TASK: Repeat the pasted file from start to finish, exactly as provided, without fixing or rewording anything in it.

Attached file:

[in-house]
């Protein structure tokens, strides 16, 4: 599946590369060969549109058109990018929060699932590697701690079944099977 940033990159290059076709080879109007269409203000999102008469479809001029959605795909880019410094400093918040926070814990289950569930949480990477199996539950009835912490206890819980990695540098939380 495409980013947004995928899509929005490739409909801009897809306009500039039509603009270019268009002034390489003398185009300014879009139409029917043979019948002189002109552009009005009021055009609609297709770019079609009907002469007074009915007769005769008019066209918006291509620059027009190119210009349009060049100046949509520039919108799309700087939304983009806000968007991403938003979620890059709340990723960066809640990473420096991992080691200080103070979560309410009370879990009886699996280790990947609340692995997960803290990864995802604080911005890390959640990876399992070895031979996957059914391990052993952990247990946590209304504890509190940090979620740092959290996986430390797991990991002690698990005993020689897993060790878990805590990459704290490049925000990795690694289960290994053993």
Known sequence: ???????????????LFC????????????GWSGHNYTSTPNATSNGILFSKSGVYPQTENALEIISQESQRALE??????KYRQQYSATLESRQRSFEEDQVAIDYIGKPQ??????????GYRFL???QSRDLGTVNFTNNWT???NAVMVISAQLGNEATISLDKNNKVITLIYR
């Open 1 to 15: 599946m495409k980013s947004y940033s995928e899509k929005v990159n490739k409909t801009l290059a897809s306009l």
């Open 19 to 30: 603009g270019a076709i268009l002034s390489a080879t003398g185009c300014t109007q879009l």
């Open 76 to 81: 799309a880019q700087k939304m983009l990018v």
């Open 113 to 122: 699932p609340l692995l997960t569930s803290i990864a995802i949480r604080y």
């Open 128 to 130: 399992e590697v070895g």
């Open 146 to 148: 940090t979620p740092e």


[in-house]
């Protein structure tokens, strides 16, 4: 599946590369060969549109058109990018929060699932590697701690079944099977 940033990159290059076709080879109007269409203000999102008469479809001029959605795909880019410094400093918040926070814990289950569930949480990477199996539950009835912490206890819980990695540098939380 495409980013947004995928899509929005490739409909801009897809306009500039039509603009270019268009002034390489003398185009300014879009139409029917043979019948002189002109552009009005009021055009609609297709770019079609009907002469007074009915007769005769008019066209918006291509620059027009190119210009349009060049100046949509520039919108799309700087939304983009806000968007991403938003979620890059709340990723960066809640990473420096991992080691200080103070979560309410009370879990009886699996280790990947609340692995997960803290990864995802604080911005890390959640990876399992070895031979996957059914391990052993952990247990946590209304504890509190940090979620740092959290996986430390797991990991002690698990005993020689897993060790878990805590990459704290490049925000990795690694289960290994053993």
Known sequence: ???????????????LFC????????????GWSGHNYTSTPNATSNGILFSKSGVYPQTENALEIISQESQRALE??????KYRQQYSATLESRQRSFEEDQVAIDYIGKPQ??????????GYRFL???QSRDLGTVNFTNNWT???NAVMVISAQLGNEATISLDKNNKVITLIYR
């Open 1 to 15: 599946m495409k980013s947004y940033s995928e899509k929005v990159n490739k409909t801009l290059a897809s306009l």
């Open 19 to 30: 603009g270019a076709i268009l002034s390489a080879t003398g185009c300014t109007q879009l």
């Open 76 to 81: 799309a880019q700087k939304m983009l990018v």
């Open 113 to 122: 699932p609340l692995l997960t569930s803290i990864a995802i949480r604080y």
């Open 128 to 130: 399992e590697v070895g």
């Open 146 to 148: 940090t979620p740092e």